Arsenal professionally rode the wave of a 15 minute second half Stoke effort before putting the game to bed and earning a first win in the Potteries since 2010.

Just as it was Arsenal’s wing backs who shone brightest in the FA Cup Semi final against Manchester City, and the central midfield pair against Manchester United and Southampton, Saturday was the turn of Arsenal’s superstars either side of their striker to shine in the new system.

Alexis Sanchez and Mesut Özil were quietly brilliant in drifting and creating situational overloads on either flank to pull the Stoke defensive unit off balance and generate space for teammates to pop up and thrive. Alexis was far more intelligent with his movements and the positions he picked the ball up in than he had been against Southampton.

Following the victory over Southampton and with Tuesday night’s home game against Sunderland on the horizon, Aaron Ramsey’s hamstring was rightfully rested with the cup final in mind and Francis Coquelin came in. To accommodate for the Frenchman’s basic ball skills, Nacho Monreal was shifted to a more advanced left wing back position in place of Kieran Gibbs, with Koscielny restored to the backline after his Achilles was rested at Southampton. Olivier Giroud also came in for Danny Welbeck up front.

The first half was categorised by frequent spells of Arsenal pressure, using Monreal as their main weapon looking to target an ageing Glen Johnson, whose own apparent disinterest in defending was compounded by a lack of help from Xherdan Shaqiri.

Arsenal were able to work these crossfield switches to Monreal by creating situational overloads on the opposite flank. Özil and Alexis would drift, forcing Stoke to slide their protection to deal with the most immediate threat and overload of players, providing ample opportunities for Monreal to get in to dangerous areas 1 vs 1 with a reluctant Johnson.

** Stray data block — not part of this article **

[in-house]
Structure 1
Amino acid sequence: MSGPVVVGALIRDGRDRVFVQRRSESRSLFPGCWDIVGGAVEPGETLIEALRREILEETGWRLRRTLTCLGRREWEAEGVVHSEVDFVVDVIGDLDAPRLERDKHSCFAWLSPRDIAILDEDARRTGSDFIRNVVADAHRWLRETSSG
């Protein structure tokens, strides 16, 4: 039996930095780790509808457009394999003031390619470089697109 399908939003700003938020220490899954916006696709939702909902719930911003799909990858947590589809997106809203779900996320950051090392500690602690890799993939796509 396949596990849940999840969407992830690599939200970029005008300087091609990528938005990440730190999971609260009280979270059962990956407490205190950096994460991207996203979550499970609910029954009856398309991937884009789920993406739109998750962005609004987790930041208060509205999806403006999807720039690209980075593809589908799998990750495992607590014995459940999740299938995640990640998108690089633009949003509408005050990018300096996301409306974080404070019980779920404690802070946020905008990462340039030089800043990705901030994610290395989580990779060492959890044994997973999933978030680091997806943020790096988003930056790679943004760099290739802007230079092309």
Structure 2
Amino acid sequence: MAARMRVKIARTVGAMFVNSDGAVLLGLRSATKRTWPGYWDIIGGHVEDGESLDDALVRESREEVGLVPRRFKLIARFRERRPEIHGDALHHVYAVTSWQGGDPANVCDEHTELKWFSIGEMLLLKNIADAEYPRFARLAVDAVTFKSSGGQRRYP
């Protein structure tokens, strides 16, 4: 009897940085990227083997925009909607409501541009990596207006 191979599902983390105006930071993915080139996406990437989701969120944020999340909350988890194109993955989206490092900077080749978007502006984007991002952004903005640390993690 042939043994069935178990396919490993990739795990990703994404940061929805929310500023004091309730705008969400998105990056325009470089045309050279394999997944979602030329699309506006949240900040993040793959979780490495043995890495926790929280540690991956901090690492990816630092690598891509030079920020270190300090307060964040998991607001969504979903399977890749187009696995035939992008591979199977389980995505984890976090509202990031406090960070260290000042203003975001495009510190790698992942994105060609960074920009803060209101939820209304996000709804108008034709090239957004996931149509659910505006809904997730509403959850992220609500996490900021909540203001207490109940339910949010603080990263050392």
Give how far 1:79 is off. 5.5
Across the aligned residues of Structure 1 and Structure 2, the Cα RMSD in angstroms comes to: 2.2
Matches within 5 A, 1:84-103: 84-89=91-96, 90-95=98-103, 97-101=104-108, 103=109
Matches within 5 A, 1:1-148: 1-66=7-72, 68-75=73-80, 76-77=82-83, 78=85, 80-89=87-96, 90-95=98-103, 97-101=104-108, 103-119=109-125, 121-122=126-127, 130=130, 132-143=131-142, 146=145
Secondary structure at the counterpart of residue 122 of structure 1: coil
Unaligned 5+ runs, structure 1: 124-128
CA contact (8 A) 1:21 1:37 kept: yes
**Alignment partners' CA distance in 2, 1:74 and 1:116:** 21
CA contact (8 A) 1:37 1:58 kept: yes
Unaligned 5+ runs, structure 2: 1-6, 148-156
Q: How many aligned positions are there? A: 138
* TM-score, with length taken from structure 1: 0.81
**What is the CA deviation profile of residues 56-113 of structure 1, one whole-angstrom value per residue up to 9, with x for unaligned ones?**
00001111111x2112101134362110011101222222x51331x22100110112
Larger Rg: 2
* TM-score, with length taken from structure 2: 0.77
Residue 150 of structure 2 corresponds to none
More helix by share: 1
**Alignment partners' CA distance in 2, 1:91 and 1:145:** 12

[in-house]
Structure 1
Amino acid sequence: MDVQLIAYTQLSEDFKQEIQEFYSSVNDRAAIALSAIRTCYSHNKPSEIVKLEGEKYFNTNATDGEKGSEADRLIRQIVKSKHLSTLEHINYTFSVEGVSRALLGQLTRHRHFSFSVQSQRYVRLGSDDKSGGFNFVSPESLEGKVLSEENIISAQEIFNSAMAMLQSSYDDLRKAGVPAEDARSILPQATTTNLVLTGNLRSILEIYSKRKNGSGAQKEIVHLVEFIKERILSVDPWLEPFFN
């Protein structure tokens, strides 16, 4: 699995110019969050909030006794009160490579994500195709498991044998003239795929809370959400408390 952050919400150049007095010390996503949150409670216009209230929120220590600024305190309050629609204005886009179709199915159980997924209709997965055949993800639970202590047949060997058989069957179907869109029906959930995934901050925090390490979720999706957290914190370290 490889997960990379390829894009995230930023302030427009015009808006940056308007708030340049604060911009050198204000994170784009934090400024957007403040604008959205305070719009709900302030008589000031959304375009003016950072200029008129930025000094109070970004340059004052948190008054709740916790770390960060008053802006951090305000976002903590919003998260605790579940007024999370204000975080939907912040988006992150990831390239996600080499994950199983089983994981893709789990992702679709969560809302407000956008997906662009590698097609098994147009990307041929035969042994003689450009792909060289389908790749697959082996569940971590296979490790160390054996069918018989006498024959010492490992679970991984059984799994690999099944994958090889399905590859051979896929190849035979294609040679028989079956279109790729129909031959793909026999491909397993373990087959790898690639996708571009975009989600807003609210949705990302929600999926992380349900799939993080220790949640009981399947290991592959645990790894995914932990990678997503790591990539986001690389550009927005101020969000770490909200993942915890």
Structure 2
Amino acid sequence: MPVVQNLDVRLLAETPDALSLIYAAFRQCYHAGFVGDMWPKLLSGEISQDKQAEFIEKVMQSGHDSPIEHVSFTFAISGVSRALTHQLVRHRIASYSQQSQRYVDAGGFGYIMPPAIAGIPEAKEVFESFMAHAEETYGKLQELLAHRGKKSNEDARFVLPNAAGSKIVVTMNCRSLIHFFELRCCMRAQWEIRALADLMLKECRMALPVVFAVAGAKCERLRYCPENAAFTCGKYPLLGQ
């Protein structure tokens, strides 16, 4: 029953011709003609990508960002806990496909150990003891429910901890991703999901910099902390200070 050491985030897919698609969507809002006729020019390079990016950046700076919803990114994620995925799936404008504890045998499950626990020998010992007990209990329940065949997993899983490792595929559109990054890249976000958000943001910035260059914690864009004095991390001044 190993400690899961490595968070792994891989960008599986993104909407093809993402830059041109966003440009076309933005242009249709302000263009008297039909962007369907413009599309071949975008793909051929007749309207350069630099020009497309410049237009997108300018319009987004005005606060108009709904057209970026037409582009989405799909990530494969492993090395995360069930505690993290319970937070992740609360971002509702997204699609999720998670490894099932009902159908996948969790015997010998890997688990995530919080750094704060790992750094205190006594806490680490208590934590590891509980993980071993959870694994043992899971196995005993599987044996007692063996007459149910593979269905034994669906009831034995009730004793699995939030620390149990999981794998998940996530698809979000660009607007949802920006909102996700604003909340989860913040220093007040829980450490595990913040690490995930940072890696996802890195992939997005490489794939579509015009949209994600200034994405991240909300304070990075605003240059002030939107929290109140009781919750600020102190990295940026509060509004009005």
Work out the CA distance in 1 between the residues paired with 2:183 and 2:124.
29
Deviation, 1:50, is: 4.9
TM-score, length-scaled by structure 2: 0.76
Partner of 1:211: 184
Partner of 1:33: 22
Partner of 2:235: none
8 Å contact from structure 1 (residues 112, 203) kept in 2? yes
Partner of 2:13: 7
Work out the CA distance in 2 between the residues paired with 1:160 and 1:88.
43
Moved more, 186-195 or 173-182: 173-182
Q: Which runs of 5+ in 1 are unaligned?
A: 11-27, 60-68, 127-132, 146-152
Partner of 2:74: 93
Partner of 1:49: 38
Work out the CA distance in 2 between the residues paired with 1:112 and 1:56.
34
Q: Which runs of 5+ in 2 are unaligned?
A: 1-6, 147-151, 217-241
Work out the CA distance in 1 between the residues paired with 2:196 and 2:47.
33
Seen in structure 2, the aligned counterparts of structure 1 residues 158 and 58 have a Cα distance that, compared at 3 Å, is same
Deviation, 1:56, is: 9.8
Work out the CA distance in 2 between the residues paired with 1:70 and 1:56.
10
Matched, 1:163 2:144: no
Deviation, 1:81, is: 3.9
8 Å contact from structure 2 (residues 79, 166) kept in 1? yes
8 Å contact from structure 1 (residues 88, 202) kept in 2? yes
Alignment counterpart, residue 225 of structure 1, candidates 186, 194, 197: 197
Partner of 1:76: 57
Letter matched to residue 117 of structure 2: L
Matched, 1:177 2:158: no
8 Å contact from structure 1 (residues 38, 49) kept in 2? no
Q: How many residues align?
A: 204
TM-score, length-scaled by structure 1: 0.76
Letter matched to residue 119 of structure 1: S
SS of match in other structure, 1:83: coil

Coquelin also added to these overloads, confusing a largely indifferent Stoke midfield, with all of Glenn Whelan, Joe Allen, and Geoff Cameron offering as little without the ball as they did with it. While the Frenchman was the point at which a couple of first half attacks broke down, he was on hand to play a timely through ball to Hector Bellerin ahead of Giroud’s opener, after a wonderful pass between the lines from Granit Xhaka.

Xhaka again impressed in the new formation, even though he didn’t play alongside his usual partner in Aaron Ramsey. The key adjustment from the Leicester game where the midfield didn’t really work was that he had Monreal as an option to his left, as opposed to the less expansive Gibbs.

After a slow start to the second half, Arsenal’s two superstars combined superbly in a throwback to the first third of the season. Alexis dropped off into a pocket of space, received the ball from Özil, who then continued his run past his Chilean cohort into the box, cushioning the ball superbly, before firing past Jack Butland for 2-0.

After an hour of tepid indifference, Mark Hughes withdrew Allen and the hapless Mame Biram Diouf for Peter Crouch and Saido Berahino and Stoke started to have a go. Arsenal withstood a spell of corners in quick succession that teams of the early Emirates era may have caved under.

Stoke eventually pulled a goal back, after Mike Dean’s failure to call a couple of fouls resulted in Marko Arnautovic getting into a good position and providing a cross for Crouch to punch in. The home fans woke up from their slumber, started half-hearted chants about Ramsey and Wenger, and started to get behind their team.

In the past, conceding an unjust goal in intimidating surroundings, could have caused Arsenal teams to fold under the pressure and become a self-fulfilling prophecy. This current team knew they had to dig in for a spell, ride it out professionally, then look to hit a Stoke side growing in confidence on the counter. In short, they had to play how they played in away games in the first half of the 2013/14 season.

And they did.

After some dogged defending and a couple of strokes of luck in the nine minutes after Crouch’s goal, Arsenal were able to cut their hosts apart on the counter and Alexis restored the two goal margin with a handy deflection off Ryan Shawcross. This was to be his last contribution to the game, going off as a precaution against a thigh injury.

Alexis was replaced by Ramsey, who did a superb job in the forward line, demonstrating another facet to his game than what he offers in central midfield.

In the forward line, Ramsey offers you well-timed runs beyond the striker, defensive contribution, ball retention, and a final ball. His cameo on Saturday had all of this. He again demonstrated his unparalleled understanding with Giroud, playing a crucial role in the goal that proved the final nail in Stoke’s coffin, as he had done at Southampton.

Ramsey’s performance demonstrates that, when used appropriately, he is one of Arsenal’s best and most important players, and that Wenger was fully vindicated in resting him and preserving his hamstring ahead of a cup final where he will have to play an integral role if Arsenal are to win a 13th FA Cup.